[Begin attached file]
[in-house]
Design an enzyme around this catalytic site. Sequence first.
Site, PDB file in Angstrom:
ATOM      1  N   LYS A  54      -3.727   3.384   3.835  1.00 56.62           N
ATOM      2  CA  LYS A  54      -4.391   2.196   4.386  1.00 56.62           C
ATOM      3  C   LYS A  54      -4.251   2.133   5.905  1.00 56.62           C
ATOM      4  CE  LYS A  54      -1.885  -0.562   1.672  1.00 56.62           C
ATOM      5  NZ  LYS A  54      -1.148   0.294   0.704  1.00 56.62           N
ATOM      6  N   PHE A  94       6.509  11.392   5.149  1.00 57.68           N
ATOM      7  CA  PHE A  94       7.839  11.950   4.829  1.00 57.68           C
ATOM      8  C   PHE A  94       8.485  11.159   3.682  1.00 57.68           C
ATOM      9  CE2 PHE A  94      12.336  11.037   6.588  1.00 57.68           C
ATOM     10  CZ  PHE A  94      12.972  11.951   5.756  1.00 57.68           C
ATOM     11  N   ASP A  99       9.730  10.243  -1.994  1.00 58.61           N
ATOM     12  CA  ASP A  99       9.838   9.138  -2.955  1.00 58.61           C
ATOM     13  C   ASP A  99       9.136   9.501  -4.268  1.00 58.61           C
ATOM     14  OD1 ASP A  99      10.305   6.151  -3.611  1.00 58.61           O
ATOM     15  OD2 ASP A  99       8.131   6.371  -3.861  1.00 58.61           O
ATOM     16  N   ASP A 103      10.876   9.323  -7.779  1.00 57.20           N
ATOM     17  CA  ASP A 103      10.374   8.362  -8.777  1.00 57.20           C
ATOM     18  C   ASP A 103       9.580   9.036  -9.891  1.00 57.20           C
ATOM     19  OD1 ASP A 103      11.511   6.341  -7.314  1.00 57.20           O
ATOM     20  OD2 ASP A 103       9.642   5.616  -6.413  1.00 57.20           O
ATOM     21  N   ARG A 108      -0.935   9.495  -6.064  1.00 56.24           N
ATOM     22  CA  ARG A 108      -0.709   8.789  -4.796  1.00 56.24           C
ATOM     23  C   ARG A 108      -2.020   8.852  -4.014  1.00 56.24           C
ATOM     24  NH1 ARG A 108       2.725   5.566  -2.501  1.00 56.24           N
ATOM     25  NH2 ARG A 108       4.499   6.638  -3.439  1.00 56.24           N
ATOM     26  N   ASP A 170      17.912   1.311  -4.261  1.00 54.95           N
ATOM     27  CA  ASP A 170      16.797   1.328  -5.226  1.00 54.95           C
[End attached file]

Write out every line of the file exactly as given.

[in-house]
Design an enzyme around this catalytic site. Sequence first.
Site, PDB file in Angstrom:
ATOM      1  N   LYS A  54      -3.727   3.384   3.835  1.00 56.62           N
ATOM      2  CA  LYS A  54      -4.391   2.196   4.386  1.00 56.62           C
ATOM      3  C   LYS A  54      -4.251   2.133   5.905  1.00 56.62           C
ATOM      4  CE  LYS A  54      -1.885  -0.562   1.672  1.00 56.62           C
ATOM      5  NZ  LYS A  54      -1.148   0.294   0.704  1.00 56.62           N
ATOM      6  N   PHE A  94       6.509  11.392   5.149  1.00 57.68           N
ATOM      7  CA  PHE A  94       7.839  11.950   4.829  1.00 57.68           C
ATOM      8  C   PHE A  94       8.485  11.159   3.682  1.00 57.68           C
ATOM      9  CE2 PHE A  94      12.336  11.037   6.588  1.00 57.68           C
ATOM     10  CZ  PHE A  94      12.972  11.951   5.756  1.00 57.68           C
ATOM     11  N   ASP A  99       9.730  10.243  -1.994  1.00 58.61           N
ATOM     12  CA  ASP A  99       9.838   9.138  -2.955  1.00 58.61           C
ATOM     13  C   ASP A  99       9.136   9.501  -4.268  1.00 58.61           C
ATOM     14  OD1 ASP A  99      10.305   6.151  -3.611  1.00 58.61           O
ATOM     15  OD2 ASP A  99       8.131   6.371  -3.861  1.00 58.61           O
ATOM     16  N   ASP A 103      10.876   9.323  -7.779  1.00 57.20           N
ATOM     17  CA  ASP A 103      10.374   8.362  -8.777  1.00 57.20           C
ATOM     18  C   ASP A 103       9.580   9.036  -9.891  1.00 57.20           C
ATOM     19  OD1 ASP A 103      11.511   6.341  -7.314  1.00 57.20           O
ATOM     20  OD2 ASP A 103       9.642   5.616  -6.413  1.00 57.20           O
ATOM     21  N   ARG A 108      -0.935   9.495  -6.064  1.00 56.24           N
ATOM     22  CA  ARG A 108      -0.709   8.789  -4.796  1.00 56.24           C
ATOM     23  C   ARG A 108      -2.020   8.852  -4.014  1.00 56.24           C
ATOM     24  NH1 ARG A 108       2.725   5.566  -2.501  1.00 56.24           N
ATOM     25  NH2 ARG A 108       4.499   6.638  -3.439  1.00 56.24           N
ATOM     26  N   ASP A 170      17.912   1.311  -4.261  1.00 54.95           N
ATOM     27  CA  ASP A 170      16.797   1.328  -5.226  1.00 54.95           C